The play here is wonderful, though not surprising. The found texts of marketing culture are poetry's bubble gum (and sometime sustenance). In The Maximus Poems, Charles Olson underlined that the "best is soap":

And for the water-shed, the economics & poetics thereafter? . . .
          The true troubadours
are CBS. Melopoeia
                    is for Cokes by Cokes out of
                    Pause

Olson and Tabios recognize the mythic substratum that exists beneath our imagination of this "stuff," whether it is constructed of fructose, image, phosphate, plastic, or language. The imaginative spaces of this melopoeic underworld define the terrain of the work's investigation for Tabios. What lends the familiarity of these visual and verbal images? Does the actor own the plastic or does the plastic own the actor? What self am I supposed to be now? Whose choice is it, again?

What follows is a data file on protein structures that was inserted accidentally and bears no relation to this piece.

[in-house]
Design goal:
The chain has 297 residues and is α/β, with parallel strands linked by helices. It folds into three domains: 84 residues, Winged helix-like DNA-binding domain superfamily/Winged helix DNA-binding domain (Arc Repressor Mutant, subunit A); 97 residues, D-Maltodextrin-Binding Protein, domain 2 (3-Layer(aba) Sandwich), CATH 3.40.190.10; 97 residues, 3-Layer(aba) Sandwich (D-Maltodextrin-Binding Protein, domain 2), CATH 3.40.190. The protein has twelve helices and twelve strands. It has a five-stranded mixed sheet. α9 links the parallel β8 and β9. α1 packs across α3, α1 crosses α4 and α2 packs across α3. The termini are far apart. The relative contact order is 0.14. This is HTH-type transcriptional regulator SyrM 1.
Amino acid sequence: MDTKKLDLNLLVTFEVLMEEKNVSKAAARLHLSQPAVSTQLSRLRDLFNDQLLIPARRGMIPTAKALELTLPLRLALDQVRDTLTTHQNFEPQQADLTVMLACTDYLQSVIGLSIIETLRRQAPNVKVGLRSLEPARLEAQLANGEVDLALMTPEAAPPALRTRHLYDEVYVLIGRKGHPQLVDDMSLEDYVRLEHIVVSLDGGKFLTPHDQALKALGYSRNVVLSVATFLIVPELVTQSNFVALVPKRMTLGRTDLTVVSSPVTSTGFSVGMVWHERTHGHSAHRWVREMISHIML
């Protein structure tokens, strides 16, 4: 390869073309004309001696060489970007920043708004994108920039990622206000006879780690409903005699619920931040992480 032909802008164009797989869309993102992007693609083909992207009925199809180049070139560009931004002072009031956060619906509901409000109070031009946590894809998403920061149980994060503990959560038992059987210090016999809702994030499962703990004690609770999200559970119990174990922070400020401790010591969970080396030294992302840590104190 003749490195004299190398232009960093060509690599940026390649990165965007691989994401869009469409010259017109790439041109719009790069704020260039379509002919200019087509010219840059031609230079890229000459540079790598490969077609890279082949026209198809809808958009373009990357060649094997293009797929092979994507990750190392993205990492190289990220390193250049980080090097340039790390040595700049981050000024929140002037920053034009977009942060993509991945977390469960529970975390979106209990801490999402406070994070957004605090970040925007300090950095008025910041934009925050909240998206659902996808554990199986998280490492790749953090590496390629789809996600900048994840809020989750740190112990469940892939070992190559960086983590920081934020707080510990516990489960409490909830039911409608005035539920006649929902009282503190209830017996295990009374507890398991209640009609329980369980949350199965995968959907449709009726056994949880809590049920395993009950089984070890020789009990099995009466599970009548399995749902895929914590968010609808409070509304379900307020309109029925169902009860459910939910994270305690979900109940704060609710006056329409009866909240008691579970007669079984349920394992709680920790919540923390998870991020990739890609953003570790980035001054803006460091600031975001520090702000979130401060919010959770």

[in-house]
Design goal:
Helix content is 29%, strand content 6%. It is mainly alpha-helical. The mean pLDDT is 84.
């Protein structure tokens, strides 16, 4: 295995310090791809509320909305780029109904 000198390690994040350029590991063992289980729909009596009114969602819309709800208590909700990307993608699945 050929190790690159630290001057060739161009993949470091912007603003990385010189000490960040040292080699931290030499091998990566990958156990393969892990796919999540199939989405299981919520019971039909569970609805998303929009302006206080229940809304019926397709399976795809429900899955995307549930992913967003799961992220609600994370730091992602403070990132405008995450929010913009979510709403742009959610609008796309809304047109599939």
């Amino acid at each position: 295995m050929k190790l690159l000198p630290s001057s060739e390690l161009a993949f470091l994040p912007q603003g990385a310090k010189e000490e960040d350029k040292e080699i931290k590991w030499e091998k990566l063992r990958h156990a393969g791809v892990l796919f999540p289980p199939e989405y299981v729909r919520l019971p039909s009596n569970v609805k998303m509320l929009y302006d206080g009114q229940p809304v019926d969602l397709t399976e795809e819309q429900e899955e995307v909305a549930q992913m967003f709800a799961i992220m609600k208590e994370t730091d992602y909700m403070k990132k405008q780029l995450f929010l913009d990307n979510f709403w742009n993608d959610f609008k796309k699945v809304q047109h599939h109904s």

What Tabios inserts into these familiar questions is the element of time. In "Post Bling Bling," time is defined by the moment of the magazine's issue itself, Vanity Fair (July 2005). Beyond this though, the poet explores our imaginations of the timeliness of all this "manufactured stuff" in the book's second work, "A Long Distance Love." Here, she initiates an e-mail discussion among "Filipinos in cyberspace" on the subject of "balikbayan boxes," the containers of American products that they have hauled back to the Philippines on subsequent trips to see family and friends. Respondents provide lists of these items (over-the-counter medicines, used clothes and shoes, unpopped popcorn, toys, etc.), including specific brands in certain cases (Costco vitamins, Clairol hair dye, Ziploc bags, Sketchers, California wine, Spam, etc.). Tabios's intended project is a section of a "poetic autobiography based on shopping lists." What emerges, as a respondent prompts, is a reconsideration of "colonialism [as] a very easy label." Poetic devices in themselves, the lists complicate things. The boxes force language here to re-measure our sense of (de-? re-?) constructed borders, how these spaces dissolve or precipitate in the larger spaces of marketing culture. As one respondent, Leny Strobel, asks, "When does colonial discourse become a luxury? For whom?"